As we showed in our book, production in these sites in Hippo Valley in the remote lowveld area of Chiredzi district (and also in Triangle and Mkwasine estates) increased over time from the establishment of A2 plots in 2002. In parallel these farmers accumulated equipment, transport and invested in their land. They also employed considerable amounts of labour. As we documented, they had at that time an uneasy relationship with the core estate. The estate management did not know how to deal with the new outgrowers. They had been used to dealing with a relatively few white and Mauritian outgrowers, but now there were hundreds (around xx plots are registered in Chiredzi district as A2 farms across Hippo Valley and Mkwasine). Many new farmers felt they were being squeezed, with low prices offered, quality controls dubiously applied and transport being supplied late. They thought, perhaps correctly, that the estate management was waiting for them to give up, so the old regime which was easier to manage and control could be reinstated.

From around 2007 when the economy was in freefall sugar production collapsed. Payments being offered in Zimbabwe dollars were meaningless and credit arrangements and cheque payments were wiped out by hyperinflation. Many did indeed give up, ripping out their cane and planting other crops, including maize and tomatoes. But with the stabilisation of the economy through dollarization in 2009, the situation changed. The incentives to reinvest in sugar production returned, and the estate management changed its tune. Now they needed cane desperately so they could break even running the huge mills and vast estates. They belatedly realised that they had to accept private outgrowers, and encouraged them to reengage. And in the period from 2009 they have done on a massive scale as the company figures show.

Now the company is more upbeat about the new outgrower model. It is not as if this is alien to them, as in other operations in the region, this sort of relative smallholder model is dominant. Indeed compared to operations in Zambia and South Africa the new A2 plots are large, average 20-30ha, enough to produce a substantial amount of cane, and some other crops besides. Cane farmers in our study sample in Hippo Valley are much more optimistic now. We are currently doing a resurvey of the small sample we investigated in 2007-08, and I will report back the results in due course.

However there are constraints. The company report alludes to these obliquely mentioning the performance has been “despite the prevailing liquidity and socio-economic challenges”. These are many of course, not least the on-going uncertainty over tenure arrangements in the outgrower areas. Leases have been promised, but only offer letters exist. More significantly there has been a rumbling of discontent among the Shangaan political elite from the area, complaining that ‘outsiders’ got the prime sugar areas. Some influential people have barged others out of their plots, asserting their ‘indigenous’ rights. Most A2 sugar farmers are indeed from outside the area; many are (or were) civil servants, many from the ministry of agriculture. In the scramble for A2 plots through a chaotic and patronage-influenced allocation system, sugar plots were seen as prime targets for those in the know, and they carefully filled their forms and ‘business plans’ to ensure they were successful. By the mid-late 2000s many regretted this move, but now they are much more happy, which is why the land is become contested again.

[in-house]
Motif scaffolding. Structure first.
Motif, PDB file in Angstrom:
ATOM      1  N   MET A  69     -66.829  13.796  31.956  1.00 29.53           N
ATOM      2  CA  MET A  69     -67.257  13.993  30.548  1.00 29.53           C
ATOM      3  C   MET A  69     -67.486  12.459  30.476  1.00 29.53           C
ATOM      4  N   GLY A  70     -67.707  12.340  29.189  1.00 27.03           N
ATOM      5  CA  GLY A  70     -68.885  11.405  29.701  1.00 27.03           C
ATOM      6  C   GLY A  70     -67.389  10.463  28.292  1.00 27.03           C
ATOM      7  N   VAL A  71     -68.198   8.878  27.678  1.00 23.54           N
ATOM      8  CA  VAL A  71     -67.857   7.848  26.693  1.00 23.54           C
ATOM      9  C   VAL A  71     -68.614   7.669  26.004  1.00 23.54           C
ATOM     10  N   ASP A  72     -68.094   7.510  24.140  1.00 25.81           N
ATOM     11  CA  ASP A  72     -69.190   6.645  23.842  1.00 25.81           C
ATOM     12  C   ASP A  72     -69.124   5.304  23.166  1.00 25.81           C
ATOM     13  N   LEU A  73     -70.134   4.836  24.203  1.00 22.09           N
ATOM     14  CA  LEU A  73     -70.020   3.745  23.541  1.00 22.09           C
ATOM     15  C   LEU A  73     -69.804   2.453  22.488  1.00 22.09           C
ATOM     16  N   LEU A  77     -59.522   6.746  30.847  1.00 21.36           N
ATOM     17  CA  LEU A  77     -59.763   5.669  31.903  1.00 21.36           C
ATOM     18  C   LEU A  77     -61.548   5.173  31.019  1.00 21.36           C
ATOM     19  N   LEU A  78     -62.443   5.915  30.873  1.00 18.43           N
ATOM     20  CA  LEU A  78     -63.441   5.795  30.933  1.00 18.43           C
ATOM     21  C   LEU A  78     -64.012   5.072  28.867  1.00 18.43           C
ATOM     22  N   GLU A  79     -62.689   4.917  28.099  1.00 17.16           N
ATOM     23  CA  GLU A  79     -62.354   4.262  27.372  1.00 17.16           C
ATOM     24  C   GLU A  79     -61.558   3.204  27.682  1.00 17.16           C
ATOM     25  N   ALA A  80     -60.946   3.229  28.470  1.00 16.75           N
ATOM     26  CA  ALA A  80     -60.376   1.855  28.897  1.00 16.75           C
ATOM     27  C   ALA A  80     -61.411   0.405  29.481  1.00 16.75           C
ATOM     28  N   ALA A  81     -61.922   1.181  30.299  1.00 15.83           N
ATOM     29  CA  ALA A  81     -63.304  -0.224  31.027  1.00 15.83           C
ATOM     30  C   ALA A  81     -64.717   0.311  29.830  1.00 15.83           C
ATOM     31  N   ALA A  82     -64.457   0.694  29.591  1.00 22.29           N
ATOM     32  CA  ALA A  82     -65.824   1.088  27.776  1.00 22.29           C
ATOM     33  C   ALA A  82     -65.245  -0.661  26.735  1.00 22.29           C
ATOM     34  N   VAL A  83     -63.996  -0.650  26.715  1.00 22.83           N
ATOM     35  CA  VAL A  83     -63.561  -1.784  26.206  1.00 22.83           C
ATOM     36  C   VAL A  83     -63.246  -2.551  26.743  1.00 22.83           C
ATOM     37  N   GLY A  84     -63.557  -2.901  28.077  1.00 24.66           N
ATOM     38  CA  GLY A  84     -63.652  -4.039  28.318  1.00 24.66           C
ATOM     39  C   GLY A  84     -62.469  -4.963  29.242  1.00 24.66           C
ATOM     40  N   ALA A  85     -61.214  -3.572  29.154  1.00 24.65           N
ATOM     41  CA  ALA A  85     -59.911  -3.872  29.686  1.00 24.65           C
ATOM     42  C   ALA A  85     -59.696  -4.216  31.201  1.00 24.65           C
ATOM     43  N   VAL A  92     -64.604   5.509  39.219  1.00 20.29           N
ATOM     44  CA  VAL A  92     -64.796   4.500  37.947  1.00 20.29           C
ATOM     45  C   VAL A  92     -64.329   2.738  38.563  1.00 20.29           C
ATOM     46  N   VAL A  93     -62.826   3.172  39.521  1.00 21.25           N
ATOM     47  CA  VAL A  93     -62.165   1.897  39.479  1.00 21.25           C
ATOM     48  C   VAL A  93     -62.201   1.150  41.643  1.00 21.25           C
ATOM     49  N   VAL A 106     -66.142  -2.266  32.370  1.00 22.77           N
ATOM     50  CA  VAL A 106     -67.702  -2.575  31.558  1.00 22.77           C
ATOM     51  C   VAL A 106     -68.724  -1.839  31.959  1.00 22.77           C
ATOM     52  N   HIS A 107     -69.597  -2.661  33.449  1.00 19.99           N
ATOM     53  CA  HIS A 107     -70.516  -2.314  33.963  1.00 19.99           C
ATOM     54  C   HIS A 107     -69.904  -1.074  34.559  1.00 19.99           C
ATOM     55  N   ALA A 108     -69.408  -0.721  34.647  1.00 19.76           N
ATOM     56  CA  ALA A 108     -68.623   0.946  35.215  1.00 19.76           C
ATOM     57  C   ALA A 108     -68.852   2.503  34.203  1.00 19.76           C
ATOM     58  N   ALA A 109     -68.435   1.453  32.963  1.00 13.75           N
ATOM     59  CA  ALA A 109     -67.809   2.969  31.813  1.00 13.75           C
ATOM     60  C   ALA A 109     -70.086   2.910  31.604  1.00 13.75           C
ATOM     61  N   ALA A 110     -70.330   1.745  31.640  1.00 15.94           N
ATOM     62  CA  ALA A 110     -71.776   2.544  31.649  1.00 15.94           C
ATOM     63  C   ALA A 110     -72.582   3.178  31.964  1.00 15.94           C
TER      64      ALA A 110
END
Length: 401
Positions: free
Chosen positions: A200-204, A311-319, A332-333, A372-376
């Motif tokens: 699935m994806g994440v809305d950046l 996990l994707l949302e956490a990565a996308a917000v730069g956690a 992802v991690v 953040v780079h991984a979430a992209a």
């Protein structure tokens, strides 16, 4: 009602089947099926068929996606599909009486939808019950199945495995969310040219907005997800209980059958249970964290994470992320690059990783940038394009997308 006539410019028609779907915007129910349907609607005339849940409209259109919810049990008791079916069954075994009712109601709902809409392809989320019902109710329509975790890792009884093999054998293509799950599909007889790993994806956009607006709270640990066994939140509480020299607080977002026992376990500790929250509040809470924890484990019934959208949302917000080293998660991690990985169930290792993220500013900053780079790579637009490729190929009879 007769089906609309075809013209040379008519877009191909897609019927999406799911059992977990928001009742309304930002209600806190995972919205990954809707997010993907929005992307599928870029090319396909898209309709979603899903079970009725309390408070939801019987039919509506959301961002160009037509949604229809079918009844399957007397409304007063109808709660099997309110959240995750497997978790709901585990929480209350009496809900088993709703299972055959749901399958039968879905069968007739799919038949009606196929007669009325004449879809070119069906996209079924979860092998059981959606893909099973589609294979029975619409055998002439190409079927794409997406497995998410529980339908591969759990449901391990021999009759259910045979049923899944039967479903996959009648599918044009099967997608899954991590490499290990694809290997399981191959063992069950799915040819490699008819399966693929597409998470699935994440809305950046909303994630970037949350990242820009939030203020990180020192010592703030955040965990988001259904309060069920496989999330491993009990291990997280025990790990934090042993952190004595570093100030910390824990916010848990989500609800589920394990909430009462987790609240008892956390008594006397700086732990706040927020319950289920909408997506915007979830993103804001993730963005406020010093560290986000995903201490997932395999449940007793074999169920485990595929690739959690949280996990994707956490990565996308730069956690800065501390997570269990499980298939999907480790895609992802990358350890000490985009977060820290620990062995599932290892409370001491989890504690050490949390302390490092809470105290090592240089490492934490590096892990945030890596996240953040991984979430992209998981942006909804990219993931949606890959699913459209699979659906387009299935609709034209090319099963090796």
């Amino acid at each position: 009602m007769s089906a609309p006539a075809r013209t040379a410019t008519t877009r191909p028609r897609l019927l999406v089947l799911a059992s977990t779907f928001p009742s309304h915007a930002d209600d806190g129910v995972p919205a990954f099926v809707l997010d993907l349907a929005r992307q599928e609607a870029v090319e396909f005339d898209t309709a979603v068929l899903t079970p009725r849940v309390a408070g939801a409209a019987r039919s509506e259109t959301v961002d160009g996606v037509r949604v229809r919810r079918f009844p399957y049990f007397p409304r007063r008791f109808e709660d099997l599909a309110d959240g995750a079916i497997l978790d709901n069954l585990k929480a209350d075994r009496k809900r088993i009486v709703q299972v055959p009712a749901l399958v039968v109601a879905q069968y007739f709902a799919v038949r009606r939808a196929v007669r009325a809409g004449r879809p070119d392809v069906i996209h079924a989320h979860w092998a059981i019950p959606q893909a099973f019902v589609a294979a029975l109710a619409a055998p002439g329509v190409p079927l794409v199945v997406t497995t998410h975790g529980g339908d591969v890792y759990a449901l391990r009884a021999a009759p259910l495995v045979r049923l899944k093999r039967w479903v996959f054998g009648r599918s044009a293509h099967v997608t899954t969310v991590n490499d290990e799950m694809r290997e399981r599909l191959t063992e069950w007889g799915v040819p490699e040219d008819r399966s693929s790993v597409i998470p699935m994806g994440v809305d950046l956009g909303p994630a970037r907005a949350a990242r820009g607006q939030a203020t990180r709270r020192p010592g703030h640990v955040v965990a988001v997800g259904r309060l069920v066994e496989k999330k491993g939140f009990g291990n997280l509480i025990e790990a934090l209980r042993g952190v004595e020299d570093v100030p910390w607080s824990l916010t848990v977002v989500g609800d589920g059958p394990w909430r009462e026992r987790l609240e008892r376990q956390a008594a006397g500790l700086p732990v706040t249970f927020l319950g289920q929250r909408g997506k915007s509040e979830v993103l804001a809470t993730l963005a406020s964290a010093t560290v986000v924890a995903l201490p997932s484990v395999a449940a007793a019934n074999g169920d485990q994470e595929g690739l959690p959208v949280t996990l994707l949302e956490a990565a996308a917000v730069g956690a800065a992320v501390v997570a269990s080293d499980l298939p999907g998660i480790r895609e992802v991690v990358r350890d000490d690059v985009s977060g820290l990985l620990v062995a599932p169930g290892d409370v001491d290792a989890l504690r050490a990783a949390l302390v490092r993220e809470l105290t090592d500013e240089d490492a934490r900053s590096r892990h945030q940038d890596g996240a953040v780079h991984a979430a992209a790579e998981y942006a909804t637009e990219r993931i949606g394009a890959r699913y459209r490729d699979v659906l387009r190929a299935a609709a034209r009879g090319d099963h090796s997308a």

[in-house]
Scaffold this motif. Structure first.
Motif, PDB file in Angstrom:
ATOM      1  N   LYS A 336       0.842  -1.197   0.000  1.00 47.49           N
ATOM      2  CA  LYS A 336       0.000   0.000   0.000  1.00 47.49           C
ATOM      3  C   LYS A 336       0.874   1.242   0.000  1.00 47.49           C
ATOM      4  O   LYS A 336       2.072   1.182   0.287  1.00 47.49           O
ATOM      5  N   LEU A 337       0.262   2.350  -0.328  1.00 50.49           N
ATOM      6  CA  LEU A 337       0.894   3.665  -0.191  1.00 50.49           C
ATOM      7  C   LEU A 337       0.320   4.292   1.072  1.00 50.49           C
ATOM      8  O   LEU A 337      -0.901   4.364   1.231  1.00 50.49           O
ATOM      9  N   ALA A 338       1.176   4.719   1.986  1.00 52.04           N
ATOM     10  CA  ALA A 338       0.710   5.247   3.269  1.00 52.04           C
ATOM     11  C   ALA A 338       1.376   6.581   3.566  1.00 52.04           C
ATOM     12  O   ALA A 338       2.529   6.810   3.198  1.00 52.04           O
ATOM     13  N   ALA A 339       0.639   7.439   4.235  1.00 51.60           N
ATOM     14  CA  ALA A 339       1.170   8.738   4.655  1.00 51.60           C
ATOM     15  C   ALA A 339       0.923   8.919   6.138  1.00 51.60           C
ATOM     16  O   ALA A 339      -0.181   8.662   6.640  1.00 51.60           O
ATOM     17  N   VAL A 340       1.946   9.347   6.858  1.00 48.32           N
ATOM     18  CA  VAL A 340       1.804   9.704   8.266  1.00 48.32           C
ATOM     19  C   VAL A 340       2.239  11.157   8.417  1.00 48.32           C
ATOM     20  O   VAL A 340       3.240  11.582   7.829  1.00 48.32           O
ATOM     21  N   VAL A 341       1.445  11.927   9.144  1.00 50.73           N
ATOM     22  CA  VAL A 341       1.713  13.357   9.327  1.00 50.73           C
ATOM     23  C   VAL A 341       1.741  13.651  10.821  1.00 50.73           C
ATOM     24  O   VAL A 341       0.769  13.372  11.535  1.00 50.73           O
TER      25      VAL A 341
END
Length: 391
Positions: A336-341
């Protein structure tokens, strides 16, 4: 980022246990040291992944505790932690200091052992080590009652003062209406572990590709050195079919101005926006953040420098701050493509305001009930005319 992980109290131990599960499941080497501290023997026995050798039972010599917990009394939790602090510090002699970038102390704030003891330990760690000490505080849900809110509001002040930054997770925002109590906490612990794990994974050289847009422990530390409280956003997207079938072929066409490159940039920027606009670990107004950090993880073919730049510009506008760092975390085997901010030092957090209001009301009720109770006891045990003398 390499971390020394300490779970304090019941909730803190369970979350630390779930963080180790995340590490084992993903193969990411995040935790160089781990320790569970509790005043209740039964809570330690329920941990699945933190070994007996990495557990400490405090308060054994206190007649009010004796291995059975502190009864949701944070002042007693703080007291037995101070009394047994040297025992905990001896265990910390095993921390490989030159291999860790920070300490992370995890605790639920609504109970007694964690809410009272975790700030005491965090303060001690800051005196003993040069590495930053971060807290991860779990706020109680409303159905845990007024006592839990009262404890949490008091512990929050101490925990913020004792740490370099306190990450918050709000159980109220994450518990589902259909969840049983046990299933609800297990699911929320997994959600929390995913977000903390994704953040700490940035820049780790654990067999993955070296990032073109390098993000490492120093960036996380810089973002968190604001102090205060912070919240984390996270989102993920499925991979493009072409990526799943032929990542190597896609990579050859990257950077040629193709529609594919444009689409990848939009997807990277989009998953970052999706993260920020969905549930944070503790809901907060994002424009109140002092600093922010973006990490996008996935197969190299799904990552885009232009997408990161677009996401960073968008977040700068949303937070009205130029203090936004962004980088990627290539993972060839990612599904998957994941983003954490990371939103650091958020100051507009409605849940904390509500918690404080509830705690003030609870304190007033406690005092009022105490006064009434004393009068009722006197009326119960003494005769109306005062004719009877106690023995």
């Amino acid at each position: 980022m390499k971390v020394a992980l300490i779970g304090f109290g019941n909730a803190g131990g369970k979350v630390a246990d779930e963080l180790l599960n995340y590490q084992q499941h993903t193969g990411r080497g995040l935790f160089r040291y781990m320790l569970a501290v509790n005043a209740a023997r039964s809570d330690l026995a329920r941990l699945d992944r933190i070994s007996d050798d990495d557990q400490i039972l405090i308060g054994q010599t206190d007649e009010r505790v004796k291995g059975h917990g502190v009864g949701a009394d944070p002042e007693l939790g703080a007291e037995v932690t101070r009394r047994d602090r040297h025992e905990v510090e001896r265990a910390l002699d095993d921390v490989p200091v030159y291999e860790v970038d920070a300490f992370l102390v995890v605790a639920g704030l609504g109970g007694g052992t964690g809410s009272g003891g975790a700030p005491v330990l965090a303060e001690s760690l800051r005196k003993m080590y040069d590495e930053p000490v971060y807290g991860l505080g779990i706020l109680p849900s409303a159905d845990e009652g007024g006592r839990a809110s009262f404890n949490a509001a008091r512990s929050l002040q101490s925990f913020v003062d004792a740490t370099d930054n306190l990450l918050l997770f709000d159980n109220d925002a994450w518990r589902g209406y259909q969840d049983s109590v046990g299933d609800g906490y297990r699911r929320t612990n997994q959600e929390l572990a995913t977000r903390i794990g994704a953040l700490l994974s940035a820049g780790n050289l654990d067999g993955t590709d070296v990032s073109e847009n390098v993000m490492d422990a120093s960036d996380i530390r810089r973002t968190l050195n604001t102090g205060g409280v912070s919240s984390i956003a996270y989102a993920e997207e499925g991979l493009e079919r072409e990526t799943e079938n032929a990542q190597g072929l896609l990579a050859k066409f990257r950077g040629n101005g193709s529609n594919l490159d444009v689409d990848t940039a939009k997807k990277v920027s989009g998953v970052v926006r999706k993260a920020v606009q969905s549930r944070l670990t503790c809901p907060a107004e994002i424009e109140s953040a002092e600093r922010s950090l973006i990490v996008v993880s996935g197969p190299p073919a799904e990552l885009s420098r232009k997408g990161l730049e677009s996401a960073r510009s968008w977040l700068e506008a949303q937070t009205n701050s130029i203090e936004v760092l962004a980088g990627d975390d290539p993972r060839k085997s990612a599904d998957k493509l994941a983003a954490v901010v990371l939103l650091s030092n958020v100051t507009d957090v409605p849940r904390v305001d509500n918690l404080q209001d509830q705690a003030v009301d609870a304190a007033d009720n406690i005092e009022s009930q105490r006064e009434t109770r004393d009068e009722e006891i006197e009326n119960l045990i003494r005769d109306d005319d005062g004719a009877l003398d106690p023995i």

Questions of finance (or ‘liquidity’) are also significant, as the company notes. It is not cheap to farm sugar: you need equipment, significant amounts of inputs, a lot of labour, irrigation and expensive transport. And you need to replant on a sustainable rotation: crops planted one year may not yield significantly for several years hence. At the farm level cash flow is the perennial challenge, and without effective credit and banking systems in rural Zimbabwe, this is tough without company support. Yet reliance on a single company, just as any contract farming arrangement, puts the grower at a disadvantage in terms of negotiating a good deal. But there are also other pressing financing issues in the sugar sector. The infrastructure was originally built in the 1950s and 60s, and much of it is decrepit and in need of repair. Irrigation canals need constant attention, as do rail lines and mill machinery. Extending farmed areas requires clearing, levelling and laying of canals. None of this is cheap. With profits being scarce in recent years, the company has not invested. External strategic investments financed by the EU under the post ACP regime Adaptation fund are constrained. Euro 45m have been allocated, but only 10m euro have been released to date via the Canelands Trust, a body controlled by the company. Due to sanctions, only areas which were not part of the ‘fast-track’ land reform programme are eligible, meaning that most new private outgrowers – the largest producers today of Zimbabwean sugar – cannot benefit from the industry rehabilitation programme (at least officially – there is course there is considerable leakage and wider investments benefit everyone). These anomalies created by the political stand-off between the EU, and other western donors, and the Zimbabwean government, despite much evidence that sanctions do more harm than good, continue, and are likely to at least until after the next elections.

Meanwhile, and despite these constraints, the sugar industry continues to grow, providing livelihoods, income and employment for many, and much needed revenue for the government exchequer too.

This post was written by Ian Scoones and originally appeared on Zimbabweland